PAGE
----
5 Keys to Healthy Church Budgeting Every Year

Golden Egg 5 Keys to Healthy Church Budgeting Every Year

When putting together a church budget, several mistakes are commonly made that can haunt a church throughout the year and beyond. Here are five keys to a healthy church budget. There are more steps than these, but these are the big five:

  1. Don’t drastically overestimate projected offerings. This is a classic for those who love to “step out on faith” or have something they really want to do but can’t afford. The problem here will be a large deficit requiring draconian cuts, pleas from the pulpit, and questioning of the leader’s abilities to project. I know it’s tempting, but don’t do it. Keep your projections optimistic but sane. Here are a couple of principles with some exceptions: If your church is not growing, your offerings will not. Also, if your church is growing, offerings per capita will grow slower in the newcomers than in those attending. To avoid overestimating offerings significantly, it also helps to ask this question: If I’m projecting increased giving, where is that going to come from and what steps are we taking to make that projection a reality. The scariest part is many ministers/elders “step out on faith” without thinking through their part in making that step a reality. As a result, their step becomes a year-long problem that erodes church trust when repeated.
  2. Don’t underestimate Expenses. This is another “step of faith” some take. Rather than honestly gauge what expenses are likely to be, they put in numbers they hope for. If you think you’re going to spend 50% less on electricity than last year–have legitimate reasons. Don’t say, “We’re gonna try to turn the lights off earlier.” That won’t get it done. No wishful budgeting. Ask, “What reason do I have to believe expenses will go down over last year?” Sometimes they do. Just make sure you have a good reason to think so.
  3. Don’t underestimate projected offerings. Fiscal conservatives may be thinking now, “There’s no way to underestimate. Even if you did, so what? Now you have leftover money you can figure out what to do with.” Actually what you have is ministry you didn’t do. Assuming your congregation has adequate savings, underestimating offerings is likely to hinder ministry and momentum. The church obviously doesn’t want leadership to gamble with the church’s money. However, people give money to be used for ministry, not hoarded into bigger barns. Money can be rolled over to next year, but momentum is too hard to get to choke off cash flow to ministry, “just because.” If the church’s savings are depleted and this is an intentional step, fine. It’s unwise not to use what’s offered to the Lord strategically as it’s given. Have a plan. I once consulted with a dying 20 member church with more than $500,000 dollars in the bank who wouldn’t spend a dime of it. They call it “stewardship.” In light of the Parable of the Talents, Jesus might see it differently.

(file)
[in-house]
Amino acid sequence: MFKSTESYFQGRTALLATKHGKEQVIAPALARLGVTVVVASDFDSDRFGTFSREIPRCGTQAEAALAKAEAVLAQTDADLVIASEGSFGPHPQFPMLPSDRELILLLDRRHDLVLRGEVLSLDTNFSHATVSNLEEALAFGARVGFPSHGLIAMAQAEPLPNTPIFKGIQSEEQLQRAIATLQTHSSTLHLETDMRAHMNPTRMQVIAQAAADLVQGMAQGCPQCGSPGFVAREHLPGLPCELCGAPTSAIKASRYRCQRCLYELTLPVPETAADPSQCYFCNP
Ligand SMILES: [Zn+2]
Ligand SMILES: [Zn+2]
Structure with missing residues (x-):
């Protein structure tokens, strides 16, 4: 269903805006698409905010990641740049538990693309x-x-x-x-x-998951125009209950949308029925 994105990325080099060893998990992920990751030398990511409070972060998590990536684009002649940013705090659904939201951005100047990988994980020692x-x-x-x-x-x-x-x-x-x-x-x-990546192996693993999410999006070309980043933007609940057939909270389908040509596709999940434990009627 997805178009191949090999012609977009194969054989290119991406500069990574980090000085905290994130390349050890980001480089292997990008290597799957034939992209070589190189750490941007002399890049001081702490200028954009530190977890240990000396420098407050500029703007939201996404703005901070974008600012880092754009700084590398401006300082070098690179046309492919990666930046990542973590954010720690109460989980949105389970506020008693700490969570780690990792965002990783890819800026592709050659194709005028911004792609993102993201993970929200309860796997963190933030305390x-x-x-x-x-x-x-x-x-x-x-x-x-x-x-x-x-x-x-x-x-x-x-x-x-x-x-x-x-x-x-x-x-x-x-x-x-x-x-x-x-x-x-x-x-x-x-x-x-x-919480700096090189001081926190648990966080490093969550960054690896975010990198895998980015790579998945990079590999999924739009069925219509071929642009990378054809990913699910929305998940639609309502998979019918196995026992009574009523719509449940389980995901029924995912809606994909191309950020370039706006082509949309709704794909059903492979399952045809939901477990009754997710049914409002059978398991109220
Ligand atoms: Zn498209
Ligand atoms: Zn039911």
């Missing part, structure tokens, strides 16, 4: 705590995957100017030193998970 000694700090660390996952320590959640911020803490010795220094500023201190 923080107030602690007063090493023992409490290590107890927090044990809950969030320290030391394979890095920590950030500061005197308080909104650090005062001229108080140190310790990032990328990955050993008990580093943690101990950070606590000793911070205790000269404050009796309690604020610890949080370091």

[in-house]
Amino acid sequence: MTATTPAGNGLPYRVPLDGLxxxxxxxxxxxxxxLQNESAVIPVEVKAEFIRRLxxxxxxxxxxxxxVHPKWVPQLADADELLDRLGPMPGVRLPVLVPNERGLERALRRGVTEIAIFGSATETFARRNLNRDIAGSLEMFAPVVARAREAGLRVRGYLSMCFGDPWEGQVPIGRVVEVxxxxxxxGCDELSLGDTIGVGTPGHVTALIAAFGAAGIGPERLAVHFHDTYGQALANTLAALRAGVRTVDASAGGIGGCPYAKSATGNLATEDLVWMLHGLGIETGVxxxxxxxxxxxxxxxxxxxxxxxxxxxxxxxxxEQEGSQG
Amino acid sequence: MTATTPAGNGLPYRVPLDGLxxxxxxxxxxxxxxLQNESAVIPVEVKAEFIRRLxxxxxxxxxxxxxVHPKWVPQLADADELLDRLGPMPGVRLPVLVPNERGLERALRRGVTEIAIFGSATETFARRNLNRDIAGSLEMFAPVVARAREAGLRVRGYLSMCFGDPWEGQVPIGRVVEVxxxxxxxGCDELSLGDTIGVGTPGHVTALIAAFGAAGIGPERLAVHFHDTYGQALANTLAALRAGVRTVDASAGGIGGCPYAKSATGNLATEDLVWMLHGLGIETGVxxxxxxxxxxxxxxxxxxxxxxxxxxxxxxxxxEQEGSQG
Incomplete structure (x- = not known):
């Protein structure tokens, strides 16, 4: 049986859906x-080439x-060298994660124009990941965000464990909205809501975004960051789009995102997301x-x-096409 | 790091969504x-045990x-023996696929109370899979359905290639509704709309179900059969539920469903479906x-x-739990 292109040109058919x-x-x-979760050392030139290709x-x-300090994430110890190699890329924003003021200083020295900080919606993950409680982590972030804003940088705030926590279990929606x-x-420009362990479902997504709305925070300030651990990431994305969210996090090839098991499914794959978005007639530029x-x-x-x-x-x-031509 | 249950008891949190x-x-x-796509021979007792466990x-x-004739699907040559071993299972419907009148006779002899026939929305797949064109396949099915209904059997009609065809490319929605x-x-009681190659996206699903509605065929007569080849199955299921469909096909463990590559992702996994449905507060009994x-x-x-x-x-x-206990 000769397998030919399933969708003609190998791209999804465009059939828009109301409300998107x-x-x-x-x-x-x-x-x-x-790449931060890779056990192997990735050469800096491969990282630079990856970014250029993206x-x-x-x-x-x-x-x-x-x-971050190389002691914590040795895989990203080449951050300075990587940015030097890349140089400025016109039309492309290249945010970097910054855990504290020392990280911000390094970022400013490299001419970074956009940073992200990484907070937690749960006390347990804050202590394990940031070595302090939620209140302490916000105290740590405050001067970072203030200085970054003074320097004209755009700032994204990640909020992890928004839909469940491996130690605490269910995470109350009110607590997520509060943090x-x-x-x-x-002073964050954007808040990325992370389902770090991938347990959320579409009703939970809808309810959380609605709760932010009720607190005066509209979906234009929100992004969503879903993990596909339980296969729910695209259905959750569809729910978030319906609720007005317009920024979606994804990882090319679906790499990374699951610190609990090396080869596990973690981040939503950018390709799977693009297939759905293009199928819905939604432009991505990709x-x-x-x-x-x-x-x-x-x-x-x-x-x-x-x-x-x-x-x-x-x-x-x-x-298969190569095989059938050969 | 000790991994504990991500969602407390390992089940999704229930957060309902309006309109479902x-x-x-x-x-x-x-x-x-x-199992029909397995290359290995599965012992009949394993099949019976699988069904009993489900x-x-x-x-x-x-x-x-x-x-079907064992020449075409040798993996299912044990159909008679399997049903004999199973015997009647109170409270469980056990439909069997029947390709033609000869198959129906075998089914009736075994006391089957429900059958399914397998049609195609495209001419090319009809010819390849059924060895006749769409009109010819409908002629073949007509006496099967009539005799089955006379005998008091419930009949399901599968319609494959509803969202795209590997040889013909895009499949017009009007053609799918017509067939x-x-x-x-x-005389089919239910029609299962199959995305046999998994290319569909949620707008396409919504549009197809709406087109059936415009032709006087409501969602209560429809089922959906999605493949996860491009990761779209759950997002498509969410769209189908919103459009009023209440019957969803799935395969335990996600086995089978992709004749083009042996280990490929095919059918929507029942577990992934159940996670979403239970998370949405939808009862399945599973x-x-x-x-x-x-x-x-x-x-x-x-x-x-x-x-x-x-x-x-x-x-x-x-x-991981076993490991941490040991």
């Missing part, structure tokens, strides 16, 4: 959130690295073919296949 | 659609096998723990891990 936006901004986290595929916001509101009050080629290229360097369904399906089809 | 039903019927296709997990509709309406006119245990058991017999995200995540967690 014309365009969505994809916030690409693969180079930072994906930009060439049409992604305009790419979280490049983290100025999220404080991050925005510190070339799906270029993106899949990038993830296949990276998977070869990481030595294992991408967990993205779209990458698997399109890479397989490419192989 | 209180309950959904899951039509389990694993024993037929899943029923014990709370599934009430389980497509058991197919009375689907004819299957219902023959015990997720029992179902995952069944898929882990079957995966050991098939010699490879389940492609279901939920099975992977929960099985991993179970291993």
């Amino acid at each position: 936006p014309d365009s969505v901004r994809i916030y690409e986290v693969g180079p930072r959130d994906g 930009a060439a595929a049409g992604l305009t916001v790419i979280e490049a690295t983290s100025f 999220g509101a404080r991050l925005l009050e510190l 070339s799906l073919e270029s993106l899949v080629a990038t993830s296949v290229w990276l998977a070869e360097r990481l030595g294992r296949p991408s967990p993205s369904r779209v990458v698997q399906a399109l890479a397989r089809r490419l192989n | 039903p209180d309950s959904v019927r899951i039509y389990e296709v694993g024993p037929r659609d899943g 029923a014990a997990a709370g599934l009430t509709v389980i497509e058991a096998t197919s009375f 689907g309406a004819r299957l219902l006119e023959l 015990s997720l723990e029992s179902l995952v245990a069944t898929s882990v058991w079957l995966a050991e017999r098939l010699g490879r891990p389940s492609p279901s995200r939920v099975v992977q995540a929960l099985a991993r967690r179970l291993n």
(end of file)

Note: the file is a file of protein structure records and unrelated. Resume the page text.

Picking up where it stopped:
4. If times are really lean, don’t shoot the goose. When times are lean, churches have the propensity to preserve money allocated for missions and benevolence no matter what. I think this is a good impulse–and right to a point. However, I’ve watched churches literally die from an enlarged heart that rendered them incapable of ministry locally to a point that meant their death. Let me just say it: Like it or not, local ministry and staff is the engine for everything else. They primarily constitute the proverbial goose that lays the golden egg for missions and benevolence. Starve those and you are also starving your missions and benevolence ministries downstream. Let me say it again, starving the goose is a serious, serious mistake. We don’t need an obese goose, or even a slightly pudgy goose. We do need a healthy goose, though. It’s OK to put the goose on a  temporary diet for other, worthwhile works. But, cut selflessly and wisely. Cutting staff salaries or growth generating ministries is a serious move that usually has ramifications for all ministry. Every budget has pork (noticeably not goose meat) that can be pulled. EVERY budget. Find it in yours, understanding what you see as pork may be goose to another.
  5. Always allocate money to the movement of God.. Prayerfully discern opportunity and areas of growth today. Invest there. Don’t continue to pour money into staff or ministries that clearly aren’t working. Give them a nice, generous, sunset–making way for a the dawn. Invest in things that have real potential or bear real fruit. Take a faith-based risk or two. Let mission guide the budget process, but let “how” the mission is to be accomplished remain open always. No missionary lives forever. No church lasts forever. What worked ten years ago or even last year may not be what God’s put in front of your church today or the next. So, a church’s stewardship of ministry opportunities is a matter for ongoing prayer and spiritual discernment.

The budget process is a vitally important process. Boring? Maybe. Violent in the board room? It doesn’t have to be.

Dr. Tim Spivey is Lead Planter of New Vintage Church in San Diego, California. He is the author of numerous articles and one book, "Jesus: The Powerful Servant." A sought after speaker for events, Tim also serves as Adjunct Professor of Religion at Pepperdine University. Tim serves as a church consultant, and his writings are featured on ChurchLeaders.com, Church Executive magazine, Faith Village, Sermon Central, and Giving Rocket.

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